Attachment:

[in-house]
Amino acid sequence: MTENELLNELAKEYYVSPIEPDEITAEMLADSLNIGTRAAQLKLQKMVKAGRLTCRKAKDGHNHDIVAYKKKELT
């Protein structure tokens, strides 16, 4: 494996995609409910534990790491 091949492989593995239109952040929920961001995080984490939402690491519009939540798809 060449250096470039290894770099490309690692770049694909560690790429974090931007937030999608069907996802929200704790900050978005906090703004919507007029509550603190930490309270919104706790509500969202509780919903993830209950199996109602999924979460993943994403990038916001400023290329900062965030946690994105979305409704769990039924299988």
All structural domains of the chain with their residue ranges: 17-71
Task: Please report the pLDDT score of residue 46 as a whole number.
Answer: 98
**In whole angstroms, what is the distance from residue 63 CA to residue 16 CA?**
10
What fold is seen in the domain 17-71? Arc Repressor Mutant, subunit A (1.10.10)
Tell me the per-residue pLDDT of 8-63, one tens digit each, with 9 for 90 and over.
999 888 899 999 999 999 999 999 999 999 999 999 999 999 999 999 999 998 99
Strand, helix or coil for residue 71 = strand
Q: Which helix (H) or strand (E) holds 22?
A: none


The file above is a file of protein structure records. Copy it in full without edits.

[in-house]
Amino acid sequence: MTENELLNELAKEYYVSPIEPDEITAEMLADSLNIGTRAAQLKLQKMVKAGRLTCRKAKDGHNHDIVAYKKKELT
């Protein structure tokens, strides 16, 4: 494996995609409910534990790491 091949492989593995239109952040929920961001995080984490939402690491519009939540798809 060449250096470039290894770099490309690692770049694909560690790429974090931007937030999608069907996802929200704790900050978005906090703004919507007029509550603190930490309270919104706790509500969202509780919903993830209950199996109602999924979460993943994403990038916001400023290329900062965030946690994105979305409704769990039924299988």
All structural domains of the chain with their residue ranges: 17-71
Task: Please report the pLDDT score of residue 46 as a whole number.
Answer: 98
**In whole angstroms, what is the distance from residue 63 CA to residue 16 CA?**
10
What fold is seen in the domain 17-71? Arc Repressor Mutant, subunit A (1.10.10)
Tell me the per-residue pLDDT of 8-63, one tens digit each, with 9 for 90 and over.
999 888 899 999 999 999 999 999 999 999 999 999 999 999 999 999 999 998 99
Strand, helix or coil for residue 71 = strand
Q: Which helix (H) or strand (E) holds 22?
A: none